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Additional Security Considerations in Windows Forms

Visual Studio .NET 2003

Because of .NET Framework security settings, your application might run differently in a semi-trusted environment than it will on your local computer. The .NET Framework protects access to the Clipboard and restricts window manipulation. The security settings affect the ability to call the Microsoft Win32 API or other APIs that cannot be verified by the security system. Security also affects other aspects of your application, including file and data access and printing. For more information about file and data access in a semi-trusted environment, see Secure File and Data Access in Windows Forms. For more information about printing in a semi-trusted environment, see Secure Printing in Windows Forms.

The following sections discuss working with the Clipboard, performing window manipulation, and calling the Win32 API from applications running in a semi-trusted environment:

Clipboard Access

The UIPermission class controls access to the Clipboard, and the associated UIPermissionClipboard enumeration value indicates the level of access. The following table shows the possible permission levels.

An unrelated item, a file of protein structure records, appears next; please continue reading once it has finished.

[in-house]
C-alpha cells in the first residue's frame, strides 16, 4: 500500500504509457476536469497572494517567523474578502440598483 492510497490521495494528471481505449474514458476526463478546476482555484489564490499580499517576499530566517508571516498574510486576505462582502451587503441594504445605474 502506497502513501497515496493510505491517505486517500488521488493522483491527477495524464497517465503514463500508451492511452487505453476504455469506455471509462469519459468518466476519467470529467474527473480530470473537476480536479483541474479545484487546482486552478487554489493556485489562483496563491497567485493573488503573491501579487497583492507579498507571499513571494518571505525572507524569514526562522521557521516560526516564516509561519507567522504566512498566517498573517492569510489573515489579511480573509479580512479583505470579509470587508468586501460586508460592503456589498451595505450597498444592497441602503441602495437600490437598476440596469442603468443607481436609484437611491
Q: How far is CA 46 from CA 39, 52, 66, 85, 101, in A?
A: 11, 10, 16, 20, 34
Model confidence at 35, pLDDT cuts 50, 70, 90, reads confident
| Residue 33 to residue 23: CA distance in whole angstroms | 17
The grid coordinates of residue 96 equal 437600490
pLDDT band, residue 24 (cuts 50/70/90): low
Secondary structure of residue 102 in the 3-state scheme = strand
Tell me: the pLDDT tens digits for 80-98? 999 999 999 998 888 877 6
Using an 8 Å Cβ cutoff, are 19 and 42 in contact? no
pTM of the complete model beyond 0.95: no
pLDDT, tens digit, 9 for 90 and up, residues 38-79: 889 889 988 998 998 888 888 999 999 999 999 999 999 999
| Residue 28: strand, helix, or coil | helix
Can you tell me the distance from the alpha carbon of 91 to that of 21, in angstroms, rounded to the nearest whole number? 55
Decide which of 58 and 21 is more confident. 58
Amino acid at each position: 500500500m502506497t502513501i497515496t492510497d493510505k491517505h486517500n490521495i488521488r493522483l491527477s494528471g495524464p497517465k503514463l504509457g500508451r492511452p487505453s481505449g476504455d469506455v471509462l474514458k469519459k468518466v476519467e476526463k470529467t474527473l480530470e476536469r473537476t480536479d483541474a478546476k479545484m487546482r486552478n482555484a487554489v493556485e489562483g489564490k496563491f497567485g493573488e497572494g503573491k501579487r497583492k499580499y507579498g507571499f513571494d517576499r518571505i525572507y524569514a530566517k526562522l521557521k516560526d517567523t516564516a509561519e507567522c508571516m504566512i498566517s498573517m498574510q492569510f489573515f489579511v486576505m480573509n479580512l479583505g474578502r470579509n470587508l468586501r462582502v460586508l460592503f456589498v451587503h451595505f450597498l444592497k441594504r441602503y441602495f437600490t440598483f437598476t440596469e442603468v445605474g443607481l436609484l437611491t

UIPermissionClipboard valueDescription
AllClipboardThe Clipboard can be used without restriction.
OwnClipboardThe Clipboard can be used with some restrictions. The ability to put data on the Clipboard (Copy or Cut) is unrestricted. Intrinsic controls that accept Paste, such as a text box, can accept Clipboard data, but user controls cannot programmatically read from the Clipboard.
NoClipboardThe Clipboard cannot be used.

By default, the Local Intranet zone receives AllClipboard access and the Internet zone receives OwnClipboard access. This means that the application can copy data to the Clipboard, but it cannot programmatically paste to or read from the Clipboard. These restrictions prevent programs without full trust from reading content copied to the Clipboard by another application. If your application requires full Clipboard access but you do not have the permissions, you will need to elevate the permissions for your application. For more information about elevating permissions, see General Security Policy Administration.